Estimating efficient tax levels across markets requires a knowledge of appropriately constructed demand and supply for all commodities and services for which taxes are being considered. A full solution of this problem in an applied situation requires a detailed knowledge of the economy being studied. As a practical matter, however, it may not be these concerns highlighted by the theory of public finance, but rather more down-to-earth concerns of political economy that determine different countries’ choices of an average inflation rate and of how this average inflation rate may evolve with other economic circumstances.

Industrial countries typically have invested in large and efficient mechanisms for collecting property, income, value-added, or other consumption taxes. After an upsurge of inflation during the 1970s, most of the industrial countries have more recently pursued inflation rates in the low to medium single digits, even sometimes at what has appeared to be the cost of recessions of considerable depth and duration. The explanation of these developments in terms of the theory of public finance is somewhat problematical.7 The objections of the electorate to higher rates of inflation, and the association of higher inflation rates with lower growth and higher unemployment, may perhaps provide a better explanation of this shift back toward lower average inflation rates.

In a number of developing countries, with less of an investment in tax-collecting capital, there has often been much greater reliance on the inflation tax as a means of government finance. This is indicated in Charts 4A and 4B, which provide scatterplots across a sample of different countries of average inflation rates (on the vertical axis) against a seignorage measure (on the horizontal axis).8

Chart 4A.Ratio of Seignorage to GDP Versus Inflation, 1960–92

Chart 4B.Ratio of Seignorage to GDP Versus Inflation, 1980–92

Chart 4A plots country-average data over the period 1960–92. Each data point shows a particular country’s average annual inflation rate over the period and its average annual ratio of seignorage to gross domestic product (GDP).9 The first point to notice about Chart 4A is the distinctly positive relation between the variables. Second, as a broad generalization, when the ratio of seignorage to GDP rises above about 2 percent, it appears that a country risks high inflation, and this risk grows more serious as the ratio continues to rise. Indeed, this phenomenon is generally most pronounced for countries with the highest inflation rates, all of which have ratios of seignorage to GDP above 2 percent. These observations have been excluded from Chart 4A in order to avoid their appearance dominating the diagram.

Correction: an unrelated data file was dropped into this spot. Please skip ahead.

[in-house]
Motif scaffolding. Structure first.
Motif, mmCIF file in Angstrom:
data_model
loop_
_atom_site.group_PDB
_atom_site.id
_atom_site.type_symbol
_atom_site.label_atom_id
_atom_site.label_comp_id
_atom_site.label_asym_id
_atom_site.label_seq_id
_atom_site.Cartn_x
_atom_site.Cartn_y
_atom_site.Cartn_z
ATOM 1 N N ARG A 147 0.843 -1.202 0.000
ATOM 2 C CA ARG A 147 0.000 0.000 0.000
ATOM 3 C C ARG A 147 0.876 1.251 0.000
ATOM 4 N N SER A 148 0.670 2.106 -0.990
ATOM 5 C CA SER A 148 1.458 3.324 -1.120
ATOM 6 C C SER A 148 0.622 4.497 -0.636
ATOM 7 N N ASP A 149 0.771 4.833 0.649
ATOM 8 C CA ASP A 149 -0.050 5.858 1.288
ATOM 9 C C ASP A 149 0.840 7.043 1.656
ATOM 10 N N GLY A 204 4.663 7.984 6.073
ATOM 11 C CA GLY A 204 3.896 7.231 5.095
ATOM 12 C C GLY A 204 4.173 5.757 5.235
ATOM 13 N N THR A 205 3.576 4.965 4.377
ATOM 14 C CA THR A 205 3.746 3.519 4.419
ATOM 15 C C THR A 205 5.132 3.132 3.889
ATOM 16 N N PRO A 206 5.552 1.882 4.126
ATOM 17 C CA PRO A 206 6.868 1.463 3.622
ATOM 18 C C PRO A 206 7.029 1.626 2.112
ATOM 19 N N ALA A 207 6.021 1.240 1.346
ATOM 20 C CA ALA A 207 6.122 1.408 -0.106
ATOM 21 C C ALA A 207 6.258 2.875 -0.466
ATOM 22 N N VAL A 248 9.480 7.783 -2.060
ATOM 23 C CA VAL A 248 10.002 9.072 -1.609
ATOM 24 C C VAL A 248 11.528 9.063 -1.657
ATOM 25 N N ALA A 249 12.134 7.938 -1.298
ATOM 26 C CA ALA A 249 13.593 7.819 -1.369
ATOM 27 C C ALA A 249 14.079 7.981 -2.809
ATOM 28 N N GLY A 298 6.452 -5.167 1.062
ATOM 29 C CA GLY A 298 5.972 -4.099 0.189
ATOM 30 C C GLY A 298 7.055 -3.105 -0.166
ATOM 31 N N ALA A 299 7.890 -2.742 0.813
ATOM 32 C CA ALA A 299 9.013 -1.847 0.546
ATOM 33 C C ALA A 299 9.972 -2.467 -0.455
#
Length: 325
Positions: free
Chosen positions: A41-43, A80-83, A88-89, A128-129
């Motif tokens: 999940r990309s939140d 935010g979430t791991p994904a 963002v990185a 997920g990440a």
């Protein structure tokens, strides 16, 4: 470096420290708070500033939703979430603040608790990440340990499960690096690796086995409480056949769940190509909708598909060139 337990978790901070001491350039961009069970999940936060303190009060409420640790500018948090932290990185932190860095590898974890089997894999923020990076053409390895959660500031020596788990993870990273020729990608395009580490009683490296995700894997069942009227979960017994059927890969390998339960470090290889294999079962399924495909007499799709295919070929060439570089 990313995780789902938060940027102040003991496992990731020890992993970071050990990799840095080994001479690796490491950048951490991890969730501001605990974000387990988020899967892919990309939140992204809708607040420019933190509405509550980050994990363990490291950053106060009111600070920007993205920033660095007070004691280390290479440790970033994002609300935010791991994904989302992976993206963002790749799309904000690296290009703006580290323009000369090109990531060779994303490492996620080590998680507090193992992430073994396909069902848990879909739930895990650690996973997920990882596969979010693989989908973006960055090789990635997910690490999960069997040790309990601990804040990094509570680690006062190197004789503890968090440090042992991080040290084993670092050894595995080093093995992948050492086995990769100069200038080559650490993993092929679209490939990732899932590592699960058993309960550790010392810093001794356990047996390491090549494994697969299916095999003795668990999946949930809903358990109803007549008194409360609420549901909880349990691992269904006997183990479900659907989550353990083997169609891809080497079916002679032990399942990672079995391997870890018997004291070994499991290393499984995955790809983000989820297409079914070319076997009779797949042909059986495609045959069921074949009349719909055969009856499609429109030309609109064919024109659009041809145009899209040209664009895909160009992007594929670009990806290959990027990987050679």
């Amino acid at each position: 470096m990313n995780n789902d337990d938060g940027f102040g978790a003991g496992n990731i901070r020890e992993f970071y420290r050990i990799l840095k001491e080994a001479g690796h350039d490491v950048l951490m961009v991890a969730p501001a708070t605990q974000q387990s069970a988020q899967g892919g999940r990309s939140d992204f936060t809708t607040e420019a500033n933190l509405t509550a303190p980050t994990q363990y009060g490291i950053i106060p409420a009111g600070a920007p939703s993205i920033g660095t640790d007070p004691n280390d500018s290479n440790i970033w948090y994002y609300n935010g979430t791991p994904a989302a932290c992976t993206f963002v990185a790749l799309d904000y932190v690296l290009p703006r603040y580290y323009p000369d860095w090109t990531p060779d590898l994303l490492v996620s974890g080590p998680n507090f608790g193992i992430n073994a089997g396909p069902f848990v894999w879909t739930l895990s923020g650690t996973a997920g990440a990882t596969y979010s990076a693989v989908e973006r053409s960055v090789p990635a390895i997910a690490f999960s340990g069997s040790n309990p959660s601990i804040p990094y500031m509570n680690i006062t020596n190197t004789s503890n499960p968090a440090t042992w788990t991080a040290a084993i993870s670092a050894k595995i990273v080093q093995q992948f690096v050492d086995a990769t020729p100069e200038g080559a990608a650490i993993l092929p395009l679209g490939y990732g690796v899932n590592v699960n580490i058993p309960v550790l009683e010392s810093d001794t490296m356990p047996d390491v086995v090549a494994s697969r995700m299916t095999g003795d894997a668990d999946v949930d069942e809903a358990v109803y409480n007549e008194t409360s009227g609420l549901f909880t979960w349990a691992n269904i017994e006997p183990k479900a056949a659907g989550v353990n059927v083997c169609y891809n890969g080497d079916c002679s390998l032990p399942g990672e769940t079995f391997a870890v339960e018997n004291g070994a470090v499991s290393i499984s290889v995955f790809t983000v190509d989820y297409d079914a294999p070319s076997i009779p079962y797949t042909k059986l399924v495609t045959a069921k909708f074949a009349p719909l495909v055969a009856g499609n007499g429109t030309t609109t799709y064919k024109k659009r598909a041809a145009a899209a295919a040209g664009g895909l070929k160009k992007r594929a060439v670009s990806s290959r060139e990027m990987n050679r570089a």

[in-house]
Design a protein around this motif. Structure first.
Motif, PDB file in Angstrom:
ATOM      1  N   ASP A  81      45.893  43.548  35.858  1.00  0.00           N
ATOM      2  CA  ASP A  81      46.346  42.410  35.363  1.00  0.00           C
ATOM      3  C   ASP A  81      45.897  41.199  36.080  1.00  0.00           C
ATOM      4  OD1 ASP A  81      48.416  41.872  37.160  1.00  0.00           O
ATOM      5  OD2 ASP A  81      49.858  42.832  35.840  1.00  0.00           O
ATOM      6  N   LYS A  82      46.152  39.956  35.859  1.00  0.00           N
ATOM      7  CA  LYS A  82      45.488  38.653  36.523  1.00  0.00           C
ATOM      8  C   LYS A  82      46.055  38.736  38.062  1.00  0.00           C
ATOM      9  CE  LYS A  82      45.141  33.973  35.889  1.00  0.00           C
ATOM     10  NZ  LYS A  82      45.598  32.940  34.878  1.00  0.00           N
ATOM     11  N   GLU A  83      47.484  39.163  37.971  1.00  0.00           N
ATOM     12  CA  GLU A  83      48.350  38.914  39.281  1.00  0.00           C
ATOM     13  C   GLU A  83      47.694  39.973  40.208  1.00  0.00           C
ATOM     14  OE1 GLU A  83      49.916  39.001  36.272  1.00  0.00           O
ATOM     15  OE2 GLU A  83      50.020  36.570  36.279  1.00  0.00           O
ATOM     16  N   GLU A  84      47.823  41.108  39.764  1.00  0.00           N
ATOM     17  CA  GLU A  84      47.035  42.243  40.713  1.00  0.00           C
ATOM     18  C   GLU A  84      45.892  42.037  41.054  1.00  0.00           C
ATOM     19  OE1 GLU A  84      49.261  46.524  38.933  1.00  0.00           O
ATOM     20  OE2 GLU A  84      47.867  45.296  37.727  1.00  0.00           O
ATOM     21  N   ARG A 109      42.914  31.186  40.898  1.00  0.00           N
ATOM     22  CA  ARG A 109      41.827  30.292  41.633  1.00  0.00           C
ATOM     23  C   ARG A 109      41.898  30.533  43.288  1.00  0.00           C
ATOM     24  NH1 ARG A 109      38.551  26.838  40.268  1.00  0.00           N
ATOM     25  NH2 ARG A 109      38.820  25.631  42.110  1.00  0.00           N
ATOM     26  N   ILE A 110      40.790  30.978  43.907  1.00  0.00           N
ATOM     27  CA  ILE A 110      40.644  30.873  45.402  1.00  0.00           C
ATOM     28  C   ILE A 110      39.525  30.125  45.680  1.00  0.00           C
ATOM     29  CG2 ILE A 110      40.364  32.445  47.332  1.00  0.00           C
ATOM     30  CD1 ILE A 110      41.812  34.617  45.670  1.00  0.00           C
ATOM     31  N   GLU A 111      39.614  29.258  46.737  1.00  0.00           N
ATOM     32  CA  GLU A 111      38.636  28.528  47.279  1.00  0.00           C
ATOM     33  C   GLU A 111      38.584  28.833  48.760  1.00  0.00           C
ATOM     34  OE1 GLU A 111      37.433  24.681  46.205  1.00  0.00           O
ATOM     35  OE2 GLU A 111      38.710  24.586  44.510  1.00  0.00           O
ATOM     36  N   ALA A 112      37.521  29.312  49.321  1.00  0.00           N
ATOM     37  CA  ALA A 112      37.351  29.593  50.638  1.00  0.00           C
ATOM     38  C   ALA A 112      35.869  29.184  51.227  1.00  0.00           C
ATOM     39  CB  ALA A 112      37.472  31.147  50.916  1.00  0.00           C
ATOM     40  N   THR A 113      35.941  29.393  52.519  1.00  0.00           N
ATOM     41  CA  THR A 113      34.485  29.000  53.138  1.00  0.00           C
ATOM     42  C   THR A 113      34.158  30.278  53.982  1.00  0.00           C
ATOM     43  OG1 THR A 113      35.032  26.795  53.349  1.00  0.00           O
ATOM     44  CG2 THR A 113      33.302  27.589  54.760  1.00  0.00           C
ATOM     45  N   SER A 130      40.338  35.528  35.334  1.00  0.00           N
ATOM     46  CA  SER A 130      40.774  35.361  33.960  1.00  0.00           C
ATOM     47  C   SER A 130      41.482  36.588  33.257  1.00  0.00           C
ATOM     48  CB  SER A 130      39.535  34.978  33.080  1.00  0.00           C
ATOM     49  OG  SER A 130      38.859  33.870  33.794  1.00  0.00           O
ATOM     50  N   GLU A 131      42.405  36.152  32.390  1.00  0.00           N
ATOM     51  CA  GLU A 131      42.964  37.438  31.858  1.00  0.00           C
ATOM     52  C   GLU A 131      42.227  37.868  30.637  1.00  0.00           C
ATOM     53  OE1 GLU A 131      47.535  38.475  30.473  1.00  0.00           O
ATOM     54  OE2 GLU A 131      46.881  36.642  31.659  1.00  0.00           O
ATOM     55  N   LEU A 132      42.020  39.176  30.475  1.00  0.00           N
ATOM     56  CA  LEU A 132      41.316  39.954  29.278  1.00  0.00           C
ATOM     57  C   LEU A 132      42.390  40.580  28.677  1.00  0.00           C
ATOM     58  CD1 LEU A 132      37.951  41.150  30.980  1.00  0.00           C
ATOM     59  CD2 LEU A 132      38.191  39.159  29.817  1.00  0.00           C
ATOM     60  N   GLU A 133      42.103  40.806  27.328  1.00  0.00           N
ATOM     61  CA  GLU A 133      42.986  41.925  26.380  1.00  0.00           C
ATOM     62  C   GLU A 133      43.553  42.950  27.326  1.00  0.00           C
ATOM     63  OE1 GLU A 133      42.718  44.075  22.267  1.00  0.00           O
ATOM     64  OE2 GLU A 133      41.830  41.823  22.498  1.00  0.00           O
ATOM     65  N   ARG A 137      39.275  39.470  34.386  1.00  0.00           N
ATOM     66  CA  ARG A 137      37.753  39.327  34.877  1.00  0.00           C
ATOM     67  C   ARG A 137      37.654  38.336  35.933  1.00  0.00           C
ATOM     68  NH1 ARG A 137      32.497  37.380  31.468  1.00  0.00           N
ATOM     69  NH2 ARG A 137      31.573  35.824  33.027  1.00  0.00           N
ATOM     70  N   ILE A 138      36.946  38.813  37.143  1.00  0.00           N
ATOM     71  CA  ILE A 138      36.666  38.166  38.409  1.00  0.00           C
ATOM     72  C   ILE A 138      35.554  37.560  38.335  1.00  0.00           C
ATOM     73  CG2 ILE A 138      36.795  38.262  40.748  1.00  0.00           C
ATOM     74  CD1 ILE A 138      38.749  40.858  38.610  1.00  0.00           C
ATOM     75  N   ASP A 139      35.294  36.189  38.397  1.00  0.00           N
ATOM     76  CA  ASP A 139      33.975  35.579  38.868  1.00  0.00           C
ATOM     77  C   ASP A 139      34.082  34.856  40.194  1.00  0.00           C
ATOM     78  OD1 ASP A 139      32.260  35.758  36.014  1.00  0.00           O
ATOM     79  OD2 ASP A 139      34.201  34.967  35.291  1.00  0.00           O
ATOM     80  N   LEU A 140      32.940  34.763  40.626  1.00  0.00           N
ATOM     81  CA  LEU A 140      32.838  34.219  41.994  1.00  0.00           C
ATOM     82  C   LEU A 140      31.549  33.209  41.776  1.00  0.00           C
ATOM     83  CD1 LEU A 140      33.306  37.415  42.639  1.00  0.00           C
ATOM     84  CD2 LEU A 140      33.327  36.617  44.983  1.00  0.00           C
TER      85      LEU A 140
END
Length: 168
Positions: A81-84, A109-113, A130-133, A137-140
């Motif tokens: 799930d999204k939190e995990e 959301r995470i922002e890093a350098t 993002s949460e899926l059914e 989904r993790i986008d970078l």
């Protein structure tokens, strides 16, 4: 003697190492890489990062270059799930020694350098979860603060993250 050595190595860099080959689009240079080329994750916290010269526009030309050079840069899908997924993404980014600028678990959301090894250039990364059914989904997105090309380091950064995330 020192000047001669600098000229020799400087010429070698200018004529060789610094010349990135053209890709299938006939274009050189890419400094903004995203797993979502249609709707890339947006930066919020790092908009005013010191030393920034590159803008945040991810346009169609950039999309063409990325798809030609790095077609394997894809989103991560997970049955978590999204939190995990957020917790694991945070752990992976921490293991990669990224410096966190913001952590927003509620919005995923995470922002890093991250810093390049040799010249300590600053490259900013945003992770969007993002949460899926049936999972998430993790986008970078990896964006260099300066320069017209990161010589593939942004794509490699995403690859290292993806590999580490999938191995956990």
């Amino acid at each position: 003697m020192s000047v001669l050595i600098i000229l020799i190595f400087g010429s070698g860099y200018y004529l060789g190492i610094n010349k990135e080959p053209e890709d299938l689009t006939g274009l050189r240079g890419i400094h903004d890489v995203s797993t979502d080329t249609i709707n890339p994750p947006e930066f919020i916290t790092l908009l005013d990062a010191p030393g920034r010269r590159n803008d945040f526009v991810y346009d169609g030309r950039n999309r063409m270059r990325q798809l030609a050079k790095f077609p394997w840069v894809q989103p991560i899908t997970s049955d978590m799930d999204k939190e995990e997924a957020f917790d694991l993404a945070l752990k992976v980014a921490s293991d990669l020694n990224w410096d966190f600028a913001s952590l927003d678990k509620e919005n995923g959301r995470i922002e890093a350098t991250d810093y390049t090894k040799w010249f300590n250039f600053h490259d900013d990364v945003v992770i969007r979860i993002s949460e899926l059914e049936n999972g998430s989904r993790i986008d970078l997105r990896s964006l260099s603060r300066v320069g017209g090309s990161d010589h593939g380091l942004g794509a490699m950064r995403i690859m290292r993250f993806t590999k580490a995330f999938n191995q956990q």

Chart 4B repeats Chart 4A, but for the shorter period from 1980 to 1992. These charts illustrate strongly the importance of some sort of nominal anchor that limits the longer-term average inflation rate. Specifically, when there is an effort to push seignorage as a percent of GDP above about 1-2 percent on average over the longer term, the risks of very high inflation escalate dramatically. As many studies have shown, there appears to be no reliable way to stabilize inflation at moderately high rates of, say, 50 percent per year. Either there must be an effort to drive inflation back down at least to the lower double digits on an annual basis, or there appears to be a tendency for inflation to escalate well into the double digits on a monthly basis. Economies that fall into this latter category really have no meaningful nominal anchor. The remainder of this paper shall not be concerned with such economies, but only with economies that have achieved at least some reasonable nominal stability as measured by the longer-term average inflation rate.

For countries that do maintain a meaningful nominal anchor in the form of a relatively low longer-term inflation rate, seignorage revenue from money creation is in general a quite small fraction of GDP and of total government revenue. Even for such countries, seignorage is not necessarily a trivial concern. However, it is difficult to see that the generation of seignorage, within a scheme of minimizing the distortionary effects of the government’s entire scheme for revenue generation, is the dominant concern in determining the longer-term inflation rate. In particular, it strains credulity to attempt to argue that the general increase of inflation rates in industrial countries during the 1970s was motivated primarily by a calculated effort to counterbalance increases in the marginal distortionary effects of other forms of raising government revenue through taxation by increasing the rate of the inflation tax. Correspondingly, it is difficult to see the general reduction of inflation during the past decade in a reverse manner from the perspective of the determination of the inflation rate within the theory of public finance. Rather, it seems necessary to look elsewhere, to broader concerns about the conduct of monetary policy, to seek a plausible explanation for the determination of the longer-term average inflation rate.